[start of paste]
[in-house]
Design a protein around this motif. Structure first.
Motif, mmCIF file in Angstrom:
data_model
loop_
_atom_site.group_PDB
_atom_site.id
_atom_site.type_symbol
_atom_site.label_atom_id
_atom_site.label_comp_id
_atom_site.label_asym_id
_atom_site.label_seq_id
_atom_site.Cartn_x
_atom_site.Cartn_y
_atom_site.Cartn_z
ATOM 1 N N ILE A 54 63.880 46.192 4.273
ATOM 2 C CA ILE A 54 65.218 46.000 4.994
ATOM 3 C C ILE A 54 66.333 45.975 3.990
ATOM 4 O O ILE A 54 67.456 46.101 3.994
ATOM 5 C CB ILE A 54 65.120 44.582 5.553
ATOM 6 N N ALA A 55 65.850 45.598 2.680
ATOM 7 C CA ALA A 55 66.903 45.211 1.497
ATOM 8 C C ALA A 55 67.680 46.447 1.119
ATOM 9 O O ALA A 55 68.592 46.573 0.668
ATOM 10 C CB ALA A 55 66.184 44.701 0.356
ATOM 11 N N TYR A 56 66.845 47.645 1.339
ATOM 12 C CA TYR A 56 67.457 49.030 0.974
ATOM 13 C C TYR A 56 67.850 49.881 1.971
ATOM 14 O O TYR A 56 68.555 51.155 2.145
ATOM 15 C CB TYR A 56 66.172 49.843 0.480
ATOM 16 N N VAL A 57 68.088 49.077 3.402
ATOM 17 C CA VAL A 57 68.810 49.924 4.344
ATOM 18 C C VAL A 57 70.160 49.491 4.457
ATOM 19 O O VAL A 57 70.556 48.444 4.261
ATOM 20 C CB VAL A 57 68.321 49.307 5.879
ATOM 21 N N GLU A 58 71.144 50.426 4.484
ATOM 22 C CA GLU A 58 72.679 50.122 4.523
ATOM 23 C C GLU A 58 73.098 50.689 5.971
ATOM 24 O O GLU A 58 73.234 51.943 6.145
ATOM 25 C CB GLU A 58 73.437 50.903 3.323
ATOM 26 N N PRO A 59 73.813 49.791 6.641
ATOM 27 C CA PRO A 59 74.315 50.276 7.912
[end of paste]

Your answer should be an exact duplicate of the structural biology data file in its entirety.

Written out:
[in-house]
Design a protein around this motif. Structure first.
Motif, mmCIF file in Angstrom:
data_model
loop_
_atom_site.group_PDB
_atom_site.id
_atom_site.type_symbol
_atom_site.label_atom_id
_atom_site.label_comp_id
_atom_site.label_asym_id
_atom_site.label_seq_id
_atom_site.Cartn_x
_atom_site.Cartn_y
_atom_site.Cartn_z
ATOM 1 N N ILE A 54 63.880 46.192 4.273
ATOM 2 C CA ILE A 54 65.218 46.000 4.994
ATOM 3 C C ILE A 54 66.333 45.975 3.990
ATOM 4 O O ILE A 54 67.456 46.101 3.994
ATOM 5 C CB ILE A 54 65.120 44.582 5.553
ATOM 6 N N ALA A 55 65.850 45.598 2.680
ATOM 7 C CA ALA A 55 66.903 45.211 1.497
ATOM 8 C C ALA A 55 67.680 46.447 1.119
ATOM 9 O O ALA A 55 68.592 46.573 0.668
ATOM 10 C CB ALA A 55 66.184 44.701 0.356
ATOM 11 N N TYR A 56 66.845 47.645 1.339
ATOM 12 C CA TYR A 56 67.457 49.030 0.974
ATOM 13 C C TYR A 56 67.850 49.881 1.971
ATOM 14 O O TYR A 56 68.555 51.155 2.145
ATOM 15 C CB TYR A 56 66.172 49.843 0.480
ATOM 16 N N VAL A 57 68.088 49.077 3.402
ATOM 17 C CA VAL A 57 68.810 49.924 4.344
ATOM 18 C C VAL A 57 70.160 49.491 4.457
ATOM 19 O O VAL A 57 70.556 48.444 4.261
ATOM 20 C CB VAL A 57 68.321 49.307 5.879
ATOM 21 N N GLU A 58 71.144 50.426 4.484
ATOM 22 C CA GLU A 58 72.679 50.122 4.523
ATOM 23 C C GLU A 58 73.098 50.689 5.971
ATOM 24 O O GLU A 58 73.234 51.943 6.145
ATOM 25 C CB GLU A 58 73.437 50.903 3.323
ATOM 26 N N PRO A 59 73.813 49.791 6.641
ATOM 27 C CA PRO A 59 74.315 50.276 7.912